Get Buff, Not Broke: Best Home Gym Equipment On A Budget
Looking to get fit in the comfort of your own home, without having to buy a gym membership or expensive equipment? The good news is, you don’t need a top-of-the-line treadmill or thighmaster to reach your fitness goals (even if those late-night infomercials suggest otherwise).
Signup & Get Early Bird Access To Our Personal Fitness App
Aside from using your own bodyweight to get fit (which works fabulously, by the way), According To thehomedigs.com here are some must-have pieces of home gym equipment that can take your workouts to the next level — without breaking the bank.
1. Jump Rope
Forget clunky, overpriced treadmills that end up gathering dust (and taking up space) in your spare room or basement. When it comes to cardiovascular exercise, a jump rope is invaluable. A high-intensity movement, jumping rope will get your heart rate up, torch fat and burn calories at a faster rate than steady-state jogging on a treadmill ever could.
Not only is jumping rope an excellent cardio exercise, but it also utilizes all your major muscle groups (especially your powerful legs and glutes), while also improving balance and footwork. As a bonus, a jump rope is lightweight and easily portable, meaning you can fit it in your suitcase when you travel or take it to the park for an outdoor workout.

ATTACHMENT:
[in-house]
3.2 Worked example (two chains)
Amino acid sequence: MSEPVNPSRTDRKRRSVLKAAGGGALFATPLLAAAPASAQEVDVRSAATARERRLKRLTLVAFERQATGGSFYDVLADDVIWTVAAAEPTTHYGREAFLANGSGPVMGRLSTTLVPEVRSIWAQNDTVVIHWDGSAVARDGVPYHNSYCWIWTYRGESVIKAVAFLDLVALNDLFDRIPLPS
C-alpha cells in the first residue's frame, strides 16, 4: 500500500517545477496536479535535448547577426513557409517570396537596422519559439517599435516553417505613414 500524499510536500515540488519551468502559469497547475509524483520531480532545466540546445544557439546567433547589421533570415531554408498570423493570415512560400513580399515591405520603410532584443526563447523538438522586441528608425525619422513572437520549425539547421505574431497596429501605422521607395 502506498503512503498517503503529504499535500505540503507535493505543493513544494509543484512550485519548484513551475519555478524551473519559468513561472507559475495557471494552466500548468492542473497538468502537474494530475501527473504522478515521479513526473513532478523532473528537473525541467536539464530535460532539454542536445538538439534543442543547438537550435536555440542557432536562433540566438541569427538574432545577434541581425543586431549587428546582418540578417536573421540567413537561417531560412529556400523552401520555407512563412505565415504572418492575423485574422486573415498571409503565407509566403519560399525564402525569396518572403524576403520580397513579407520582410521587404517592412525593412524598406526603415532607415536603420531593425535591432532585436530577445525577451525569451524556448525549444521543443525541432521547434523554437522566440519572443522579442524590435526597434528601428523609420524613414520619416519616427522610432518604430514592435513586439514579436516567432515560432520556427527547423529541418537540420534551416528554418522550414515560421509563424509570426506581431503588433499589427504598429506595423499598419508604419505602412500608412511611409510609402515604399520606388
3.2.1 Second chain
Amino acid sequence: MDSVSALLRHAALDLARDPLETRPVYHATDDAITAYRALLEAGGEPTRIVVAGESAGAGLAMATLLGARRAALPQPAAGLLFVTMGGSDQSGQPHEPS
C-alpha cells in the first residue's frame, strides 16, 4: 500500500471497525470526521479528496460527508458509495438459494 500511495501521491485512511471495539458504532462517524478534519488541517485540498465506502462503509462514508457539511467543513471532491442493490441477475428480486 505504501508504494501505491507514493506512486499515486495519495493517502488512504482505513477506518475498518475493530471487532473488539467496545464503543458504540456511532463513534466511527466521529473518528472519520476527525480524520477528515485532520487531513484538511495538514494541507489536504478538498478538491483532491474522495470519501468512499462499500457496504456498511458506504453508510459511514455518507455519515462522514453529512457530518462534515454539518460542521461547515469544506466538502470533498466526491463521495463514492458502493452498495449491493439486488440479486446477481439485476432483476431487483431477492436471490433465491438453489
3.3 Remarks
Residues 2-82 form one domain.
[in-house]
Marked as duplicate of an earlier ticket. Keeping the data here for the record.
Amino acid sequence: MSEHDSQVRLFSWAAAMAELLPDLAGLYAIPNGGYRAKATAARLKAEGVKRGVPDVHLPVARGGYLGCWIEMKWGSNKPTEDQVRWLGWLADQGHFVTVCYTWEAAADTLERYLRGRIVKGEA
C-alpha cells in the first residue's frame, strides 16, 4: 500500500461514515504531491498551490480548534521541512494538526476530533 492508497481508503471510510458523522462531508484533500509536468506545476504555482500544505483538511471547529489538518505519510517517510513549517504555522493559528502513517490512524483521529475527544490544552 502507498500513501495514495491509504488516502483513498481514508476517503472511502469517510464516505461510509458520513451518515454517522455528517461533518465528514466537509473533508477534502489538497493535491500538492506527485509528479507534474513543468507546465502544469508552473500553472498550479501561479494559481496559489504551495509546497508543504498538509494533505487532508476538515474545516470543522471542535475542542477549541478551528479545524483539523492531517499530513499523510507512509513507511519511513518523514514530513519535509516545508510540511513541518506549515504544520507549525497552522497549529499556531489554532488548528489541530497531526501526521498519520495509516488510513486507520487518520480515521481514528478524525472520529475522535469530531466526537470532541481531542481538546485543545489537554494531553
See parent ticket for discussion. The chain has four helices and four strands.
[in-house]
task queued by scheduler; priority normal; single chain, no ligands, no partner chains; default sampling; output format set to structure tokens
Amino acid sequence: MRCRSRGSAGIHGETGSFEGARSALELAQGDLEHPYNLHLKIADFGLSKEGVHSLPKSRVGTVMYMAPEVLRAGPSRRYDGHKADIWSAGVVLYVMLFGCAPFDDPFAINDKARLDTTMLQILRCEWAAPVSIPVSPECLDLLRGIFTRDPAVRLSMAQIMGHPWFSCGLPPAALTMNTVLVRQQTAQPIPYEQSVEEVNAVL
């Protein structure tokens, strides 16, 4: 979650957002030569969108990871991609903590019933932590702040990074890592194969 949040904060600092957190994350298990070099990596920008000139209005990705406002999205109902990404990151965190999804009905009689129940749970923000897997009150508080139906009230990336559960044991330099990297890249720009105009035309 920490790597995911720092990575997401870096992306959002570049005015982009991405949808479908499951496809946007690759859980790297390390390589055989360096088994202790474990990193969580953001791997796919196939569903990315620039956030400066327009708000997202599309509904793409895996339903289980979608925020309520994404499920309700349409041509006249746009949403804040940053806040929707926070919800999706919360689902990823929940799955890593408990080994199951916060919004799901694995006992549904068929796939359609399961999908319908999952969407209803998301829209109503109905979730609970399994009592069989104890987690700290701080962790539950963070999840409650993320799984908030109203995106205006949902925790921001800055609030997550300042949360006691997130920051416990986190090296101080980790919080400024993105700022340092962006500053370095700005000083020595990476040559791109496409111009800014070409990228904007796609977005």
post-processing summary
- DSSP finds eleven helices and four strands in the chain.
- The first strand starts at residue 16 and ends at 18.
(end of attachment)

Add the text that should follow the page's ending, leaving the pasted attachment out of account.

2. Medicine Ball
Affordable, versatile and oh-so-fun, medicine balls have become a staple at most gyms, since they easily add resistance to your workouts while targeting your major muscle groups. Here’s a look at just a few of the exercises you can do with a medicine ball:
- Total Body: Lunge with Overhead Press
- Total Body: Lunge with Twist
- Total Body: Squat Press
- Legs: Goblet Squat
- Legs: Single-Leg Hip Bridge
- Chest and Back: Rolling Push-Up
- Chest and Back: Weighted Superman
- Arms: Shoulder Press
- Arms: Triceps Extension
- Core: Russian Twists
- Core: Overhead Slam
- Core: V-Up
3. Stability Ball
Lighter and larger than medicine balls, stability balls are amazing for building strength and balance exercises. Compared to using just bodyweight alone, stability balls force your muscles to work harder as they maintain balance, which means a more effective workout.
Here are a few moves you can do with a stability ball:
- Lower Body: Squat and Reach
- Lower Body: Standing Ball Squeeze
- Lower Body: Overhead Squat
- Lower Body: Bent-Knee Bridge
- Upper Body: Back Extension
- Upper Body: Pike
- Upper Body: Push-Ups
- Core: Plank
- Core: Crunch
Incorporate any of these moves into your existing at-home workout or try this short stability ball routine to work your arms, abs and glutes.
This is another piece of equipment with a huge range of possibilities. As with many other pieces on this list, kettlebells are wonderful for performing compound, strength-based exercises that target more than one muscle group at once. That means you’ll improve your functional fitness, while also getting a cardio boost as well.
Here are a few of our favourite kettlebell exercises:
- Total Body: Kettlebell Swings
- Total Body: Single Arm Kettlebell Swings
- Total Body: Kettlebell Lunge and Press
- Back, Arms and Shoulders: Kettlbell Rows
- Back and Legs: Kettlebell Goblet Squats
- Core: Russian Twists
If you really want a tough workout, give one of these HIIT-style kettlebell routines a go. Too intense for your taste? Try this full-body routine, which combines yoga and kettlebells for both strength-training, lengthening and stretching.